Just a thought, but will you (post #183581, reply #5 of 9)

Just a thought, but will you have adequate room for the bath drain plumbing with 2x6 joists? Seems like 2x6 joists might cause you some plumbing headaches with your drain lines.

Disclaimer: I am not a plumber. Just trying to think about possible issues for you.

I made the comment about (post #183581, reply #6 of 9)

I made the comment about 5-1/2" lumber. It's not out of concern that other joists might be a slightly different size, it's that 2x6 is rarely used as joists, it's not big enough to span much of anything, there's not much space in a 2x6 floor to run plumbing, etc. Adding a bunch more 2x6 or going to 4x6 is only going to make the floor framing that much more dense and harder for the plumber to do anything. In certain situations it could work, but I would plan all of the drains carefully before committing to it, and if you want a tile floor I would calculate deflection.

David, Ryan, Thanks very much (post #183581, reply #7 of 9)

David, Ryan,

Thanks very much for your input; I hadn't given plumbing enough attention...I'll look into it and I appreciate you guys bringing it up.
David..thanks for clarifying your original comment, I appreciate that.



I've been putting thinking (post #183581, reply #8 of 9)

I've been putting thinking cap on again about this issue as I start my preliminary floor plan design for this attic remodel.  I don't think using 2x6s would pose much of a problem for the plumbing.  I'm 'stacking' this new proposed bathroom in the attic space over the existing bathroom and I may even have some flexibility downstairs for building a soffit to create more space if need be.  I think my big plumbing lines will more than likely run parallel to the floor joists.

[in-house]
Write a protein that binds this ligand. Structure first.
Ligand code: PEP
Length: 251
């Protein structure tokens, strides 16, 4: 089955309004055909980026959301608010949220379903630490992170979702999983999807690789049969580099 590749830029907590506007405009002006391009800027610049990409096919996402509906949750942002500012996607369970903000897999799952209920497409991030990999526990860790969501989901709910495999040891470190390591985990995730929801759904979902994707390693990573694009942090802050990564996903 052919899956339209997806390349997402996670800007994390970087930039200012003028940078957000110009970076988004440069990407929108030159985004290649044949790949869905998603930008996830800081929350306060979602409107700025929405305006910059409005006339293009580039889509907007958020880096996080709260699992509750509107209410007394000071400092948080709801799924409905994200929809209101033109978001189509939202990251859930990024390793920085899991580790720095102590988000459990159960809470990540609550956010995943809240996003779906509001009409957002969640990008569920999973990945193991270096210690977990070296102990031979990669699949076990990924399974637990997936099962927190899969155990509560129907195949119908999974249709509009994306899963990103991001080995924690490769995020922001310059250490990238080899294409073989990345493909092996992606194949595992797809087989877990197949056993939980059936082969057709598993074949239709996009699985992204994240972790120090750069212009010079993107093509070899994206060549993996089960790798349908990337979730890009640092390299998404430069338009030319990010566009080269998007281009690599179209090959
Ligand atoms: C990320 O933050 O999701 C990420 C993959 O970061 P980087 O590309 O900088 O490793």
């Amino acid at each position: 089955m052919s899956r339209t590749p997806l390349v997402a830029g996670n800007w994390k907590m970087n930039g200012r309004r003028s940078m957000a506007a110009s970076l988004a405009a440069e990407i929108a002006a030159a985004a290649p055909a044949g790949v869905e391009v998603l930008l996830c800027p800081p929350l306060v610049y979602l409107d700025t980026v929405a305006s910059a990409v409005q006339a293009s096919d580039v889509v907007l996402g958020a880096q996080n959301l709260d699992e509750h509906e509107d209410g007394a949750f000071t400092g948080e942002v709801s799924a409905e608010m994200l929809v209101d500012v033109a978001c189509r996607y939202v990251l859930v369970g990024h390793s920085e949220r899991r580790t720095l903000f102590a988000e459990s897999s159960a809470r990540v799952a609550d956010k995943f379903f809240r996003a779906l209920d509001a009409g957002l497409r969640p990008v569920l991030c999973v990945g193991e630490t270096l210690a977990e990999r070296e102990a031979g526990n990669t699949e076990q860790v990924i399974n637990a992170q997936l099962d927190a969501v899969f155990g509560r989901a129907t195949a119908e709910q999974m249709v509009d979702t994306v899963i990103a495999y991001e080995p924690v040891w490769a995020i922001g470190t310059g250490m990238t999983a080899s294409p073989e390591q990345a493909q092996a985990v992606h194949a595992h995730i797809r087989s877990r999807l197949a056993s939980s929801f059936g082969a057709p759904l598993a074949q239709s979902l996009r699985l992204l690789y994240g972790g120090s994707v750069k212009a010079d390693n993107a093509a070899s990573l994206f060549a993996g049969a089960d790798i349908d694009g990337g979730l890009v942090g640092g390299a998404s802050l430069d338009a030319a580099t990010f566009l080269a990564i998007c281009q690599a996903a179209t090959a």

A contractor friend told me the other day that on a attic remodel that he awhile back, the existing floor joists were 2x6.  In that job the architect and engineer spec's out some metal hardware to go alongside each joist to beef them and make them deflect less.  I believe he told me that what was spec'd were some sort of metal studs, not really designed for this application but this engineer had done this before and found it to be a good solution.  Has anyone here ever tried this method of beefing up floor joists by attaching some type of metal along the sides of the joist in order to eliminate having to add more wood?

There've been several (post #183581, reply #9 of 9)

There've been several discussions of metal "filch plates" between sistered members for strengthening headers.  I suppose if you got heavy duty steel studs they'd spec stronger (and definitely stiffer) than wood.  (Would also help in assuring a flat floor.)  But you have to make sure that they're attached adequately so that they can't twist, as twisting robs them of strength.

Of all the preposterous assumptions of humanity over humanity, nothing exceeds most of the criticisms made on the habits of the poor by the well-housed, well-warmed, and well-fed.  --Herman Melville